Burgeoning by Tamara Natalie Madden
In my circle of deep, solid, soul searching folk, humility is a cherished virtue. Despite its definitive modesty, us servant leaders see humility as the goal to which you must always strive. Humility is the root in which to plant your dusty, persevering feet. It is the there in the Staples’ Singers anthem, “I’ll take you there.” Yes to accomplishments, reconciliations, awards and accolades. BUT, you must always accept and appreciate the kudos by baptizing them in Lake of Humility. It is similar to the process of checking your Halloween haul for razor blades, poison, or other never-named threats: each treat had to be touched by a trained inspector who could neturalize the potential of evil that lurked amongst the goodies. Like quality assurance, humility grounds your feet, keeping your big head from floating away in a haze of arrogance.
Sometimes in life though, there’s is a fine line between humility and humiliation. Sometimes, what keeps you grounded also rubs your face in the dirt. Case in point; 2015. thus far 2015 has served to remind me that the universe remains unimpressed with me. Landmarks leading to Humble Pie Boulevard include:
Grad school DENIED
Poetry submissions DENIED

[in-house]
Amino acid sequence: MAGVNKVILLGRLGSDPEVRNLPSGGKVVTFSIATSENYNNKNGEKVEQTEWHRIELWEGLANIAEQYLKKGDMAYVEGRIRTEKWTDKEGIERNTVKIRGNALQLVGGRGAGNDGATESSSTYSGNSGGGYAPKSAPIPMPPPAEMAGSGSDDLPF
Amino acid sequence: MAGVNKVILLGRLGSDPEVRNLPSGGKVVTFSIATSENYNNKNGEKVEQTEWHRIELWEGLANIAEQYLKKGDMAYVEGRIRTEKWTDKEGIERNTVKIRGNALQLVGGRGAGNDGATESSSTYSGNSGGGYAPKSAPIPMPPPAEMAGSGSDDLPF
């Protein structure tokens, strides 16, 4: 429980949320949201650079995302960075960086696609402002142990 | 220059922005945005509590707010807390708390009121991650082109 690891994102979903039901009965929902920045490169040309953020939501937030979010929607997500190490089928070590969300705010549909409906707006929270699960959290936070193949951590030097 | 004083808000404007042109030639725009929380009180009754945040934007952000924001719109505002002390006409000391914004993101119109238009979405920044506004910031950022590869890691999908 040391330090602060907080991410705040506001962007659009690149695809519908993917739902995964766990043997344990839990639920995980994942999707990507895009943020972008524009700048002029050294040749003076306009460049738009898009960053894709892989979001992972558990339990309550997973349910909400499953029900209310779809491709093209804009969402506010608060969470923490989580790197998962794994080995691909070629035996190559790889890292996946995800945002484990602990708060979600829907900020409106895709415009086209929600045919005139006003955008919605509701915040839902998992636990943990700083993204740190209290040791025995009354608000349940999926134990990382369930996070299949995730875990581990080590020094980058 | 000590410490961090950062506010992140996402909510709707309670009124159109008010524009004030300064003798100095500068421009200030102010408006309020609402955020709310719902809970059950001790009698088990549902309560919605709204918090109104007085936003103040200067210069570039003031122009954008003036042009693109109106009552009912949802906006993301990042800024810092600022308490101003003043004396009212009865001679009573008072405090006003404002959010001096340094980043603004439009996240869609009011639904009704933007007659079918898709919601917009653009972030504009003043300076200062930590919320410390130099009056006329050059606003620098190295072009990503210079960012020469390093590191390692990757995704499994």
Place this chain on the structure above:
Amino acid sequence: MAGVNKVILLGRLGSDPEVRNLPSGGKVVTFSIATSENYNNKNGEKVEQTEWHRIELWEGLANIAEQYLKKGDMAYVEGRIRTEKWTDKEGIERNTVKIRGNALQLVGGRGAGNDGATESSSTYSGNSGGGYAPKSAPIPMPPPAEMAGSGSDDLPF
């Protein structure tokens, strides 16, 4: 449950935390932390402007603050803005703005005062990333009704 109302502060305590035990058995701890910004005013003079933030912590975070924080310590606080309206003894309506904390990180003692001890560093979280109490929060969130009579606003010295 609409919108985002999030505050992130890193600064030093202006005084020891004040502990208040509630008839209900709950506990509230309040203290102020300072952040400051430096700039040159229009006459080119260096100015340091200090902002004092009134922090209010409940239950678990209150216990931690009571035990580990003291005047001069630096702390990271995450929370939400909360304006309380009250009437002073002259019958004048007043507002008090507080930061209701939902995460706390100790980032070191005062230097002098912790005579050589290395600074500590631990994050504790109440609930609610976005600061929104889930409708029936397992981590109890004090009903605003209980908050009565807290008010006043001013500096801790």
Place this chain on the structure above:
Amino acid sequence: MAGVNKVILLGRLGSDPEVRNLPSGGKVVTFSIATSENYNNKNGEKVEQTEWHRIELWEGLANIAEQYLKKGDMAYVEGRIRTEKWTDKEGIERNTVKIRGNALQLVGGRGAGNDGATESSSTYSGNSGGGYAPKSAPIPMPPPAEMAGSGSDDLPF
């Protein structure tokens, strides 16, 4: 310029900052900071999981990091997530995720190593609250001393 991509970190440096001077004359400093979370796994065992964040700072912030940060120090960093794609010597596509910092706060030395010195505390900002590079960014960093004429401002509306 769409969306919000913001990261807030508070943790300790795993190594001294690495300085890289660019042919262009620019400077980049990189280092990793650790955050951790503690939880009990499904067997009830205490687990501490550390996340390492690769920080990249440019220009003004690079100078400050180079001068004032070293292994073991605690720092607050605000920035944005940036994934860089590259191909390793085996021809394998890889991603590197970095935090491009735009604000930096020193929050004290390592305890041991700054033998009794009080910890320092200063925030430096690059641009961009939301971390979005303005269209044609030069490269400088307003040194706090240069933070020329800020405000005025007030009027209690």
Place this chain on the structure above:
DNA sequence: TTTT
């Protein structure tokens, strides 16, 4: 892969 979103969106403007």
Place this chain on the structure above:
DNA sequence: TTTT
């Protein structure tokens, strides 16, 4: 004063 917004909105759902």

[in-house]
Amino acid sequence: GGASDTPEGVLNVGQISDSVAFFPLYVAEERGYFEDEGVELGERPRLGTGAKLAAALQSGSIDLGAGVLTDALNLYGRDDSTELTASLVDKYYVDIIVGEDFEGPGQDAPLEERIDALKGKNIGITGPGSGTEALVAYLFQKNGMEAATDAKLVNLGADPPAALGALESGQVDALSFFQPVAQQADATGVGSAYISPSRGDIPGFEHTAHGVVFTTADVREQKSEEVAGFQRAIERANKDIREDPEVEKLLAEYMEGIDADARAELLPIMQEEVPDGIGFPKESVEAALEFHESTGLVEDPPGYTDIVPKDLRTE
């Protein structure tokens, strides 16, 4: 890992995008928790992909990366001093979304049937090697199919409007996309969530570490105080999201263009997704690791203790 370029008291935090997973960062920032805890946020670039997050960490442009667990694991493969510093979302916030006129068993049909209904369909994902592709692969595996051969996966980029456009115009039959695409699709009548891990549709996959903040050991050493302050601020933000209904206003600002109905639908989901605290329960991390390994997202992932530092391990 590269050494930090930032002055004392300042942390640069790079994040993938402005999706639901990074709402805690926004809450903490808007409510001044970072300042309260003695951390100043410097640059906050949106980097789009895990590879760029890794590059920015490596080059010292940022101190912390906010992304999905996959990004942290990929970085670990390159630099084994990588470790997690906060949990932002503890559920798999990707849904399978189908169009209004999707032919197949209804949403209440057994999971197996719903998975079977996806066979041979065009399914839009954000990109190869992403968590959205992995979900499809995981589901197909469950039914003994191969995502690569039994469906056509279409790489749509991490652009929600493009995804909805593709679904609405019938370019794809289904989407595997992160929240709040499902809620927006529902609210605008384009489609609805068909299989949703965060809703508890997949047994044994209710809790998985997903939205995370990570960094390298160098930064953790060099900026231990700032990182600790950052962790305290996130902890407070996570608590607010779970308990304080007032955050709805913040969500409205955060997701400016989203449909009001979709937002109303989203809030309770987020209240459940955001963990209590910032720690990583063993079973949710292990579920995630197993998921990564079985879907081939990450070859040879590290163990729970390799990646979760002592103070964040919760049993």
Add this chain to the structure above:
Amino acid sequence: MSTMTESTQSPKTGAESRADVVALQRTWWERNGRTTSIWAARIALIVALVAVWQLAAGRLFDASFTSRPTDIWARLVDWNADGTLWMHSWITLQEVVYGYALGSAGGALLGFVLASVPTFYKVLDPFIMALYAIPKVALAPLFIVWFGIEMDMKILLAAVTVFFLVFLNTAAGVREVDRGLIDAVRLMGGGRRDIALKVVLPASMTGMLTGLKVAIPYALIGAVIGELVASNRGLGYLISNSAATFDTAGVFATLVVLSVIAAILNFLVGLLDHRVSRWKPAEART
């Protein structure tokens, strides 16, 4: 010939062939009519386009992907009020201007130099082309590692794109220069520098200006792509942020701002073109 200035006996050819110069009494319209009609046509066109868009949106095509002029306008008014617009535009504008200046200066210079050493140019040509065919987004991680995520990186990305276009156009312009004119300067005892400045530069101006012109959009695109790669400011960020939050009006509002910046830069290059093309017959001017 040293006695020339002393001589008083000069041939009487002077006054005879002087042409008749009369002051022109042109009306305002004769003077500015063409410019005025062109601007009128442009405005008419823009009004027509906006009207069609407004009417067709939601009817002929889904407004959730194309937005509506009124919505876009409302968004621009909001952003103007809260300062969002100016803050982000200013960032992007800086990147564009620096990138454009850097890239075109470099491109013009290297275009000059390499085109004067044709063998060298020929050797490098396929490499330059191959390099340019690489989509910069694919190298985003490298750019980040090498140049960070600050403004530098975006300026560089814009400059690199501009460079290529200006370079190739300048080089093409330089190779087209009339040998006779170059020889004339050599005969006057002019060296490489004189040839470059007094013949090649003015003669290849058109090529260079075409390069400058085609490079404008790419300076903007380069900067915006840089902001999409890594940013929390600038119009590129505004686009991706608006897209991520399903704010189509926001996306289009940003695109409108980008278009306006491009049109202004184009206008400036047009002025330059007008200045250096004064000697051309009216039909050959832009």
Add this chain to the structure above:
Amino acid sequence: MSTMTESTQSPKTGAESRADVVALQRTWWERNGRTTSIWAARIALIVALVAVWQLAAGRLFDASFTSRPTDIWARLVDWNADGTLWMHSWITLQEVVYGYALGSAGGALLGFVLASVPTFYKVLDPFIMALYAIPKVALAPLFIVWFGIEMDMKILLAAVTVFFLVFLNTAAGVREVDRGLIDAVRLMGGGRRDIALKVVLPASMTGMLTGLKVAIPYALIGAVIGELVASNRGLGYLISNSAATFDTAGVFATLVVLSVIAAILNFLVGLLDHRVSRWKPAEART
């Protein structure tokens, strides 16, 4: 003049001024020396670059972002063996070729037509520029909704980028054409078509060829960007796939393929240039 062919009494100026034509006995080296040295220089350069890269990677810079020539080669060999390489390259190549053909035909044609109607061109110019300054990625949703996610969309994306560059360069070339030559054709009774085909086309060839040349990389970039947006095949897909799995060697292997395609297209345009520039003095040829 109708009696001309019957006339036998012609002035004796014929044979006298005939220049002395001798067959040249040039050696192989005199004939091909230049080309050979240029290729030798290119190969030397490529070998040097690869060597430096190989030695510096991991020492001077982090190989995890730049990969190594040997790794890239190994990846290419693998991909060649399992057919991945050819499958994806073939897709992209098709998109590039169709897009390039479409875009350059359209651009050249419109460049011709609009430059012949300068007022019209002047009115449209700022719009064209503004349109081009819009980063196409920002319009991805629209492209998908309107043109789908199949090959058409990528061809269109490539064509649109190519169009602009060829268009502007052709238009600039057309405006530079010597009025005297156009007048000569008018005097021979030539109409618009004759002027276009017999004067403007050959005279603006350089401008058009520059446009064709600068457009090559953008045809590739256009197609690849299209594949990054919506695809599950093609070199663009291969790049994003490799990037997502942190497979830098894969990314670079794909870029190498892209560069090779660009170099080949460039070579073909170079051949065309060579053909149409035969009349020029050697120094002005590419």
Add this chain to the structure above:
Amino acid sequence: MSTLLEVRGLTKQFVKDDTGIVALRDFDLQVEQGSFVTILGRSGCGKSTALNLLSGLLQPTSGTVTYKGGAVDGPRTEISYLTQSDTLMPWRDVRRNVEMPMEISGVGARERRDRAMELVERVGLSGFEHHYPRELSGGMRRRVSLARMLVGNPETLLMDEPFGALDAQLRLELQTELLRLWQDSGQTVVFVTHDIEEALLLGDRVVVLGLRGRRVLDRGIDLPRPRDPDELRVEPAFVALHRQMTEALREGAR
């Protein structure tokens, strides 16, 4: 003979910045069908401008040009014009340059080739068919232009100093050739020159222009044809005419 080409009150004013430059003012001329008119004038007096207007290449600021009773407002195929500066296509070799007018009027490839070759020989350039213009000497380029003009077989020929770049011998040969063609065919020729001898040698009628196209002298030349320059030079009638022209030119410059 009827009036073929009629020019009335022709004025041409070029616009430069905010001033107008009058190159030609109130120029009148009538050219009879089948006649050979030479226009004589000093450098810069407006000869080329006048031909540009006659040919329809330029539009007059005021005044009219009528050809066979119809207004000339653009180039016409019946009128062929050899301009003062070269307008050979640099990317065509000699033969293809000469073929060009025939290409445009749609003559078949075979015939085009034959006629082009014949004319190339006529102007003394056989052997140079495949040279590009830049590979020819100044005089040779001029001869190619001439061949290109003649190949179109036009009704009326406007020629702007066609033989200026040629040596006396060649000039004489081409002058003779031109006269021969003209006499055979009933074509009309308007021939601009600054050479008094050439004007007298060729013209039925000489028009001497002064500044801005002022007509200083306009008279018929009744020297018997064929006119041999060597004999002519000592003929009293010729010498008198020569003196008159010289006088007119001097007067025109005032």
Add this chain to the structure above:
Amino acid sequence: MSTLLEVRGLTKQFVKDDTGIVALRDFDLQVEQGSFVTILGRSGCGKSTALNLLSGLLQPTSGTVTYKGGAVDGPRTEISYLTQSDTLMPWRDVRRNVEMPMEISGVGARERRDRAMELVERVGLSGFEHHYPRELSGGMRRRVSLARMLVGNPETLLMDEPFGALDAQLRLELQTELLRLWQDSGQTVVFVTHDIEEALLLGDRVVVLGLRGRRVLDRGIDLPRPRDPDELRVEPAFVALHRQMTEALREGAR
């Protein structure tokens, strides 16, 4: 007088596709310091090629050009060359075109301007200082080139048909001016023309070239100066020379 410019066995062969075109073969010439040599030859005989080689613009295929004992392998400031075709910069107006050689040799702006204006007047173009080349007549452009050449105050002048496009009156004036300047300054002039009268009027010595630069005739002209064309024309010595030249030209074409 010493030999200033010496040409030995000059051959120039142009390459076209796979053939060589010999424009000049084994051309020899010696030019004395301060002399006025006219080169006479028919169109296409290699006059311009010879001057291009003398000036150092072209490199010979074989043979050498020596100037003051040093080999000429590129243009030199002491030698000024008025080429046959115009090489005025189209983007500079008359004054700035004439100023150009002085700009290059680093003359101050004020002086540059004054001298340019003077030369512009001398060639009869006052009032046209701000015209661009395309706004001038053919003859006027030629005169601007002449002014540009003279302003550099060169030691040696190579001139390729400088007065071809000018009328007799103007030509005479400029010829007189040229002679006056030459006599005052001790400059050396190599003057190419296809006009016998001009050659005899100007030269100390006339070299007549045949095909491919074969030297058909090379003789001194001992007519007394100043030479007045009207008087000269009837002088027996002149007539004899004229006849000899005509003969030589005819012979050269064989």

Writers’ workshop application DENIED
Fellowship proposal DENIED
This, all while coaching my daughter to empowered sexuality and college admission, preaching gender equity and basic hygiene to my pubescent son, inefficiently managing choices that manifest as bills, and fending off emotional eating and functional alcoholism. Actually, I’m writing this while sipping homemade sangria and sucking on M&M’s so I suppose I’m not committed to life without high calorie vices. Rejection stings and often wants to deceive you into apathy. It wants to drain the color from your lips, infect your eyes with a cataract that diminishes blessings to entitlement. It hardens you to hope and discourages gratitude. But only if you let it. And frankly, it’s difficult to get pruny swimming in self-deprecation when you feel compelled to love others out of their own.
I know I live life with a limp. But I refuse to love with one. Rejection not only keeps the sweet scent of humility in my nose, it helps me celebrate the non-negotiable, consistent yes’s in a hot sticky sea of no’s. My health, though mired by the cruelty of the BMI scale, my blood pressure is stellar and I can dance my ass off (even on an extended remix). My mind, still tormented by what I can’t control, remains sharp and able to mill through the complex world around me. And my heart! My extravagant, burning heart, is scarred and bruised like a ballerina’s feet. Sometimes I think it wants to stop. It wants to stop trying because trying hurts; trying and hoping is risking and believing in things for which there is no proof. And that level of risk is excruciating when you don’t win. I rarely win big. But my hearts hopes I will. And that is enough to keep it beating another long day. So although my afro might hang low, my hope rides high. I work hard to love my self enough to stay humble. But I won’t ever stop the hustle.